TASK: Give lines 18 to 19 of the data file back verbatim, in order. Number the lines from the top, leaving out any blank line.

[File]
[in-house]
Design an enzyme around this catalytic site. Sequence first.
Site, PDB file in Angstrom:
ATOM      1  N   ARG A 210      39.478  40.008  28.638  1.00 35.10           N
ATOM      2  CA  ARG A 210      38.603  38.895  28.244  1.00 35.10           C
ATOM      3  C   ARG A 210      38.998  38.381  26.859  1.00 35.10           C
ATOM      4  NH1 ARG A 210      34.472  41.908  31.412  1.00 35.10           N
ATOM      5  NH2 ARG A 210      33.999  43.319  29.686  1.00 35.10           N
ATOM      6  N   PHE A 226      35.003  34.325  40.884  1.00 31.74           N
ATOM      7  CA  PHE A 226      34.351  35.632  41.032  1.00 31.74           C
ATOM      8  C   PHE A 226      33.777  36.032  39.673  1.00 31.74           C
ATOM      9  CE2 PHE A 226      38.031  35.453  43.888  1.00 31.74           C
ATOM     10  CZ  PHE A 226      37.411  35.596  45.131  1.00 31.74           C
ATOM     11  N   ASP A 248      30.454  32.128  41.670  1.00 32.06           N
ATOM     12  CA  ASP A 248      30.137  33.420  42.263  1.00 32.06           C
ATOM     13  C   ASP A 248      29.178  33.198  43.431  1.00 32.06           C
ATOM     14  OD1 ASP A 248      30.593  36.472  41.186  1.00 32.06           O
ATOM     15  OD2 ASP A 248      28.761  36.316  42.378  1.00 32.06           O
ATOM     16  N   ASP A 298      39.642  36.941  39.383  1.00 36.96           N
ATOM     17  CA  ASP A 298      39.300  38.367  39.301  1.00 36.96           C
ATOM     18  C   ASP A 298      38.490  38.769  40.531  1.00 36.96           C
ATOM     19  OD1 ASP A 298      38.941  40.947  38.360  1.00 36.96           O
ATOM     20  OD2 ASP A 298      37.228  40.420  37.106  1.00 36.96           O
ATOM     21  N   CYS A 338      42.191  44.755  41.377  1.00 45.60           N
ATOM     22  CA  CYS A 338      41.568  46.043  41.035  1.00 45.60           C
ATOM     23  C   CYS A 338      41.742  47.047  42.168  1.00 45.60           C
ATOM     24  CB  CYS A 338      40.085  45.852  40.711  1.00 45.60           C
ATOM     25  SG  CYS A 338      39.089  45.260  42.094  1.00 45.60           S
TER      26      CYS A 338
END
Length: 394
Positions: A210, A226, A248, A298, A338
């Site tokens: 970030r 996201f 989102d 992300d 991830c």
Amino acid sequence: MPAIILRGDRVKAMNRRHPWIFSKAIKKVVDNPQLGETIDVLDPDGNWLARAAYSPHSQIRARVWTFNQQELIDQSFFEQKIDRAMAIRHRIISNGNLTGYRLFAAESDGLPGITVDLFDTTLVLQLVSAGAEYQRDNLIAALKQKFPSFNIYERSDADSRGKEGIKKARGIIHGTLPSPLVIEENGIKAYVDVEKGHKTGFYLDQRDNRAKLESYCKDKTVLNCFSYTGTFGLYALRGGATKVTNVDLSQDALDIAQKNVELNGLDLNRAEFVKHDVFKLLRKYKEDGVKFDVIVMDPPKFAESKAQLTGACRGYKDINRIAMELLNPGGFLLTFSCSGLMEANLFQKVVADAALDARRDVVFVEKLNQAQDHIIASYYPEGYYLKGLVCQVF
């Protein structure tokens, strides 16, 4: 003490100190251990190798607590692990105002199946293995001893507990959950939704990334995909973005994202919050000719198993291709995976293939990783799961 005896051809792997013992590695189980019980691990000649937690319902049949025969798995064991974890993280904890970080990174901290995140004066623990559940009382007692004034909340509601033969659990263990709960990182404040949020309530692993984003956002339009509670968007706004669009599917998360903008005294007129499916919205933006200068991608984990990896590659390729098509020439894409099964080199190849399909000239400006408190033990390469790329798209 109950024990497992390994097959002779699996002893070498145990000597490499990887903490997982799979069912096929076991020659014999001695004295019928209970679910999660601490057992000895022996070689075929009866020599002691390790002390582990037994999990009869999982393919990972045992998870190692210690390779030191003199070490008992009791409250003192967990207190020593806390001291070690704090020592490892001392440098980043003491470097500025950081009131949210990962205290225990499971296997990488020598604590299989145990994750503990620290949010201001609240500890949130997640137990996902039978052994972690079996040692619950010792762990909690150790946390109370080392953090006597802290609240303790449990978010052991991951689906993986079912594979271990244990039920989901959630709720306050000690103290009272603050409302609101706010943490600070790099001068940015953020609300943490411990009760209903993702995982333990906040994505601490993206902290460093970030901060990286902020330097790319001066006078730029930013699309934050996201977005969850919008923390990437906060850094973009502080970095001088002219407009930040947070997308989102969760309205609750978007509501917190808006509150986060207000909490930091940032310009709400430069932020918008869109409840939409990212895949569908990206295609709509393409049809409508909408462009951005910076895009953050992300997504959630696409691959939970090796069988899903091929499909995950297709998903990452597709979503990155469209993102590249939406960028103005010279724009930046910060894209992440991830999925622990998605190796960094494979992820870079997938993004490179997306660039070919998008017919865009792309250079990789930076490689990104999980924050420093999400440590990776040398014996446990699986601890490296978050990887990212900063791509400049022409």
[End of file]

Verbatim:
ATOM     15  OD2 ASP A 248      28.761  36.316  42.378  1.00 32.06           O
ATOM     16  N   ASP A 298      39.642  36.941  39.383  1.00 36.96           N